LaLiga files complaint against Manchester City over alleged financial fair play breach

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LaLiga said it has filed a complaint against Manchester City with Uefa, alleging that the Premier League champions are in “continuous breach of the current financial fair play (FFP) rules” set by European football’s governing body.

The Spanish league said in a statement that they had filed their complaint against City in April while a separate case was made against French champions Paris Saint-Germain last week.

LaLiga added that its complaints could be “broadened with the addition of new information”. It comes as City announced the signing of Borussia Dortmund striker Erling Haaland on Monday, who was also a target of top Spanish clubs Barcelona and Real Madrid.

The president of LaLiga, Javier Tebas, last month accused PSG of “cheating” FFP regulations in renewing the contract of star striker Kylian Mbappe, who had been linked with a move to Spanish champions Real Madrid for over a year.

In their statement, LaLiga claimed City and PSG’s alleged breach of FFP rules are altering the “ecosystem and sustainability of football”.

LaLiga also took aim at the “state-funded” clubs, with PSG owned by the state-run Qatar Sports Investments and City is under Abu Dhabi ownership. “LaLiga understands that the irregular financing of these clubs is carried out either through direct injections of money or through sponsorship and other contracts that do not correspond to market conditions and do not make economic sense,” the statement continued.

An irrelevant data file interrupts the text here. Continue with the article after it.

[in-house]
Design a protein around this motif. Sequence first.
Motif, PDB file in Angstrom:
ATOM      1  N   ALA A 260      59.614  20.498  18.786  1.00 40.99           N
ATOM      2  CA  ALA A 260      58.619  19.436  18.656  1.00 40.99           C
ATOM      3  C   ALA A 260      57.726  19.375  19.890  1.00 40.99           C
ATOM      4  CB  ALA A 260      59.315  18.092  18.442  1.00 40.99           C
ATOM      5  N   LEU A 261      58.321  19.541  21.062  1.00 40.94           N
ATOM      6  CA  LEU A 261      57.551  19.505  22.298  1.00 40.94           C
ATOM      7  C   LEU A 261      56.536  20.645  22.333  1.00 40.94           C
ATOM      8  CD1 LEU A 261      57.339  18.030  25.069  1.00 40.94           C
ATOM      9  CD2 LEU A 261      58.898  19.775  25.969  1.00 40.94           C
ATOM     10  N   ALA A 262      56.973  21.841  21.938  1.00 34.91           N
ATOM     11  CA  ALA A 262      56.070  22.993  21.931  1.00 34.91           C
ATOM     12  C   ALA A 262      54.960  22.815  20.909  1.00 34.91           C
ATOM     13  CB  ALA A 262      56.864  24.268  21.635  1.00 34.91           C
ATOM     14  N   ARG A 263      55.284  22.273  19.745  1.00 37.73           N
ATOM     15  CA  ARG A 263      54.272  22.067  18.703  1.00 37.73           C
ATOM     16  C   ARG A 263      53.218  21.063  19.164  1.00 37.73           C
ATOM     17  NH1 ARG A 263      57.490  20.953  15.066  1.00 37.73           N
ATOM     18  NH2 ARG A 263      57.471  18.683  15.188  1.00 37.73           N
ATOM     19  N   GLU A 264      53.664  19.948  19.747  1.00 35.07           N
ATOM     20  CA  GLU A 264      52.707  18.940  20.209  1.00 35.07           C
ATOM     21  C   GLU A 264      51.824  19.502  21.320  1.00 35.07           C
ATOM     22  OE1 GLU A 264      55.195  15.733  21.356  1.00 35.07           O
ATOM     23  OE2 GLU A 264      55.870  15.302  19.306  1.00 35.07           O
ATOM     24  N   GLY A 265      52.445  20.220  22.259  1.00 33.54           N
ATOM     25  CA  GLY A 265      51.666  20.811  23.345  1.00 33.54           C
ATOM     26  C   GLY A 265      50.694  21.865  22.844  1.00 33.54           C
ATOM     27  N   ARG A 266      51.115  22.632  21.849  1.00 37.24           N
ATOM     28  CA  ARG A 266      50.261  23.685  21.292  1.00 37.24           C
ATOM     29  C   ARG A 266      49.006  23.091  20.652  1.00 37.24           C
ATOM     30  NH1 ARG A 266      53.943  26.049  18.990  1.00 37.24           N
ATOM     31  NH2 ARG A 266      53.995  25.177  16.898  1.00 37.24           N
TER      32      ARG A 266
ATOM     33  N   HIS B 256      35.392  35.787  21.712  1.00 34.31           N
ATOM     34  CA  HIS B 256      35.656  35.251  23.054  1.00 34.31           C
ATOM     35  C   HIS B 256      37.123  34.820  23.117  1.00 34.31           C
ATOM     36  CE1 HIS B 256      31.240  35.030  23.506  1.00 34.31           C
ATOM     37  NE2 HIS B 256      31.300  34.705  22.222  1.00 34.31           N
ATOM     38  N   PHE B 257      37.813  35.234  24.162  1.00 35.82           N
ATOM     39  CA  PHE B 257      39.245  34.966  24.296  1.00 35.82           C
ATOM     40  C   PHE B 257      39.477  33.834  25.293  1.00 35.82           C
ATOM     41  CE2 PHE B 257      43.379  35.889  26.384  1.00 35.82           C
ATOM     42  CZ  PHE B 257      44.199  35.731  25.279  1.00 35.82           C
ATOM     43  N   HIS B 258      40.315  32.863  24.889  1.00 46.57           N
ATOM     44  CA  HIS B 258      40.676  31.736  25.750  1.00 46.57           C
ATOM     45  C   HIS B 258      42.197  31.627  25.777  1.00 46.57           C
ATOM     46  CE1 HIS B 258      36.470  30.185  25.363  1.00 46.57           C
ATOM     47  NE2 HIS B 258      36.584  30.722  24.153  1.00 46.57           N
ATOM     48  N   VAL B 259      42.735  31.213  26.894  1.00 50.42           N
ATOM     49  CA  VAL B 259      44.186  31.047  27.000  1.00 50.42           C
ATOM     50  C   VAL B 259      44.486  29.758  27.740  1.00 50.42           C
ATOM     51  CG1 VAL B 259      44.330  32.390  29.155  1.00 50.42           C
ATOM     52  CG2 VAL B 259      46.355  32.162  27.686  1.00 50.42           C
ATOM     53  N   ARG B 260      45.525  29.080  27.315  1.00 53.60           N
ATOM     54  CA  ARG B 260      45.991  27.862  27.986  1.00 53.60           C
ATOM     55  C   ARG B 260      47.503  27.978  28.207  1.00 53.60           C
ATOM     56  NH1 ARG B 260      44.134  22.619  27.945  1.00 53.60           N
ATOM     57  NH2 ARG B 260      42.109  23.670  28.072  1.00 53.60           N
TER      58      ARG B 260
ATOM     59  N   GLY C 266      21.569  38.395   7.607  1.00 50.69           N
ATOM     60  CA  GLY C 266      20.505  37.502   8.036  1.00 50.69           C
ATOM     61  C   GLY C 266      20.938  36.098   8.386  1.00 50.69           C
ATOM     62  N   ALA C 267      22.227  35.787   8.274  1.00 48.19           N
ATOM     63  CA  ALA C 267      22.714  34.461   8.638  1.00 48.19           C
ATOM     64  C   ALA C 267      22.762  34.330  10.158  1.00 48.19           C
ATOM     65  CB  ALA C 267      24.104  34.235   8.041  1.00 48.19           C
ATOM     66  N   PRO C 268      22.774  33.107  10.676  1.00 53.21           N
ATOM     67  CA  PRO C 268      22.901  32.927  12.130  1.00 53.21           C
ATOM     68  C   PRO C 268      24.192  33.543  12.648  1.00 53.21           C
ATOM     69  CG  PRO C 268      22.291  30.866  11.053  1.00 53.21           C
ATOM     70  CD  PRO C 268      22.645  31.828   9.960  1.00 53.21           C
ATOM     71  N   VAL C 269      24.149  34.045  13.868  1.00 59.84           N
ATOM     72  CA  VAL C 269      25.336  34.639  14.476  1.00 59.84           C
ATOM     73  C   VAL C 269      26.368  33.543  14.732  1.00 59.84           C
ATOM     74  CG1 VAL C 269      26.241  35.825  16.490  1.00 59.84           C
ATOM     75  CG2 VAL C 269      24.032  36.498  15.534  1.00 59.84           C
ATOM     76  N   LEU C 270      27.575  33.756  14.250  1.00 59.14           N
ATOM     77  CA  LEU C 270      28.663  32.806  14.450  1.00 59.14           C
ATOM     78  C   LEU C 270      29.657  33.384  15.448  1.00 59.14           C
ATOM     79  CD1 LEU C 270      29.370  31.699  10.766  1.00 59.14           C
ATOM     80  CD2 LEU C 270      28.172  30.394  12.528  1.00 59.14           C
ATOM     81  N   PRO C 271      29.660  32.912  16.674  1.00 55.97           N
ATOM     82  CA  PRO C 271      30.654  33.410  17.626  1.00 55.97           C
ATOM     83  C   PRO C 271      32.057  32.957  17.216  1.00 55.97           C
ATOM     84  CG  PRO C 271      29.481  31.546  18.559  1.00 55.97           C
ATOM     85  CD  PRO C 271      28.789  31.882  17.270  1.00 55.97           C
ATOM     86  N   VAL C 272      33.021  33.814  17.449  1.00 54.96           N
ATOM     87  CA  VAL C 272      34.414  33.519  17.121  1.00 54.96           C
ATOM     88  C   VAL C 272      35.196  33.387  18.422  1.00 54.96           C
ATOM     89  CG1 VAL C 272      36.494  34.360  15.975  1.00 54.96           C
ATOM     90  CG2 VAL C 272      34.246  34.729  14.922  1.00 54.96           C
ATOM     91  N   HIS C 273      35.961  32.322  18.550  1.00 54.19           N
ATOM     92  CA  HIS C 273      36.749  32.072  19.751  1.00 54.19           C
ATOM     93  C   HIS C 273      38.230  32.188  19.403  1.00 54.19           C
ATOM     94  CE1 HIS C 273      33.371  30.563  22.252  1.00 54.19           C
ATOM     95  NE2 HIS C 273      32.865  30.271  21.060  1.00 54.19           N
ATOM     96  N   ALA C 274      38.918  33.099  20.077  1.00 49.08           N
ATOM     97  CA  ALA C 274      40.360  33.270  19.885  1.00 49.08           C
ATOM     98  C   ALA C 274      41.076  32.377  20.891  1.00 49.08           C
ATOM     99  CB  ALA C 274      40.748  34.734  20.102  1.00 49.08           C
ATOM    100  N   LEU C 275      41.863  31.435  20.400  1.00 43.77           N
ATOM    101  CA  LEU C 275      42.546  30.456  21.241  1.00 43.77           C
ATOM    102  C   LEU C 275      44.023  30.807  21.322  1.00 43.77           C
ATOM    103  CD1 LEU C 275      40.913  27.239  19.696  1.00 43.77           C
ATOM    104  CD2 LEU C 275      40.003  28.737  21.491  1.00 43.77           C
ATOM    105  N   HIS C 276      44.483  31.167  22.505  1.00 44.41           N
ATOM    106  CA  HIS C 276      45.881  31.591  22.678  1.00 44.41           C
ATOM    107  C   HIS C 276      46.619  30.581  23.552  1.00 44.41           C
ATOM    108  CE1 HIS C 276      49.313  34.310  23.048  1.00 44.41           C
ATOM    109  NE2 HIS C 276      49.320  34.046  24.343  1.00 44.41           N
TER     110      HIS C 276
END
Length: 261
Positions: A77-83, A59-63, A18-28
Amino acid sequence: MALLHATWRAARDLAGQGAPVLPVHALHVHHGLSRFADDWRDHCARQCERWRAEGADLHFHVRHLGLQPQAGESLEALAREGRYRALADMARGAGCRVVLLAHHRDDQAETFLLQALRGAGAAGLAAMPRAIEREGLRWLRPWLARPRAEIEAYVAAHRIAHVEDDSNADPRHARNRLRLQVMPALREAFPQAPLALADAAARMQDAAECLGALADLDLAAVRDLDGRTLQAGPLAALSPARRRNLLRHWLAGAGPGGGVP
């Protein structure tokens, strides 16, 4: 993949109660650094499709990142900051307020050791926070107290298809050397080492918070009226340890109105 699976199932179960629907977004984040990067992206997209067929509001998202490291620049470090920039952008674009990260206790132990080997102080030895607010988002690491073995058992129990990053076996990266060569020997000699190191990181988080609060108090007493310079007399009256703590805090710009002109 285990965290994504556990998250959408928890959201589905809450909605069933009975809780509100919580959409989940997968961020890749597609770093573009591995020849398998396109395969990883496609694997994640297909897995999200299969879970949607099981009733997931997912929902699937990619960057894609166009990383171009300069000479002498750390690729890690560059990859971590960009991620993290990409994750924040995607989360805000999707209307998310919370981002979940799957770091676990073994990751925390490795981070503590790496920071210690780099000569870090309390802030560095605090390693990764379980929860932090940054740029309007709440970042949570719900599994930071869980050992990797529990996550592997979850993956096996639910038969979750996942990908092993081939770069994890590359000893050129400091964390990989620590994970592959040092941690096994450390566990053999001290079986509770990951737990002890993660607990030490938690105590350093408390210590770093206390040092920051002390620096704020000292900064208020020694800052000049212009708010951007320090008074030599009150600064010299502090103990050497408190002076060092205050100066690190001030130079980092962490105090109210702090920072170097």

LaLiga said it had hired legal firms in France and Switzerland with the aim of taking legal action before the French authorities and the European Union “as soon as possible”.

In 2017 and 2018, LaLiga also filed complaints against City and PSG over a breach of financial fair play rules, leading to sanctions by Uefa. However, City and PSG lodged appeals with the Court of Arbitration for Sport (CAS), who ruled in the two clubs’ favour, a decision the Spanish league called “bizarre”.

LaLiga also announced it was “studying different legal options in Switzerland” against PSG president Nasser Al-Khelaifi for “possible conflicts of interest” derived from his different roles running the French club, and his different roles in Uefa, European Club Association and BeIN Sports.

Information from Reuters was used in this report





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